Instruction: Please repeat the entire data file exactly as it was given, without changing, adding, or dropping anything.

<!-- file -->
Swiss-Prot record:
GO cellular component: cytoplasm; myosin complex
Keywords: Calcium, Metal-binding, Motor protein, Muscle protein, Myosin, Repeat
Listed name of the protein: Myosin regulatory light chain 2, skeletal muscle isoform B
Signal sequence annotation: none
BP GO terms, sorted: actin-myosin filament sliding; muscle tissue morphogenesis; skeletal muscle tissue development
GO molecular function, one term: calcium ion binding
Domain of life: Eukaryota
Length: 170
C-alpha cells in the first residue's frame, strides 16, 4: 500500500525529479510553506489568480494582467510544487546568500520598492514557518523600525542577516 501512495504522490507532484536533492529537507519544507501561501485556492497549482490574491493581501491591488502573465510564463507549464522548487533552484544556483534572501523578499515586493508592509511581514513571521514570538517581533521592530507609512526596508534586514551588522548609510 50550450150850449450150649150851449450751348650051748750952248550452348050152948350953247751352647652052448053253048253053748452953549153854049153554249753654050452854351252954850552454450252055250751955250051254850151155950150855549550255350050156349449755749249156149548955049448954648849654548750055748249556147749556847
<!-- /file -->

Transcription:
Swiss-Prot record:
GO cellular component: cytoplasm; myosin complex
Keywords: Calcium, Metal-binding, Motor protein, Muscle protein, Myosin, Repeat
Listed name of the protein: Myosin regulatory light chain 2, skeletal muscle isoform B
Signal sequence annotation: none
BP GO terms, sorted: actin-myosin filament sliding; muscle tissue morphogenesis; skeletal muscle tissue development
GO molecular function, one term: calcium ion binding
Domain of life: Eukaryota
Length: 170
C-alpha cells in the first residue's frame, strides 16, 4: 500500500525529479510553506489568480494582467510544487546568500520598492514557518523600525542577516 501512495504522490507532484536533492529537507519544507501561501485556492497549482490574491493581501491591488502573465510564463507549464522548487533552484544556483534572501523578499515586493508592509511581514513571521514570538517581533521592530507609512526596508534586514551588522548609510 50550450150850449450150649150851449450751348650051748750952248550452348050152948350953247751352647652052448053253048253053748452953549153854049153554249753654050452854351252954850552454450252055250751955250051254850151155950150855549550255350050156349449755749249156149548955049448954648849654548750055748249556147749556847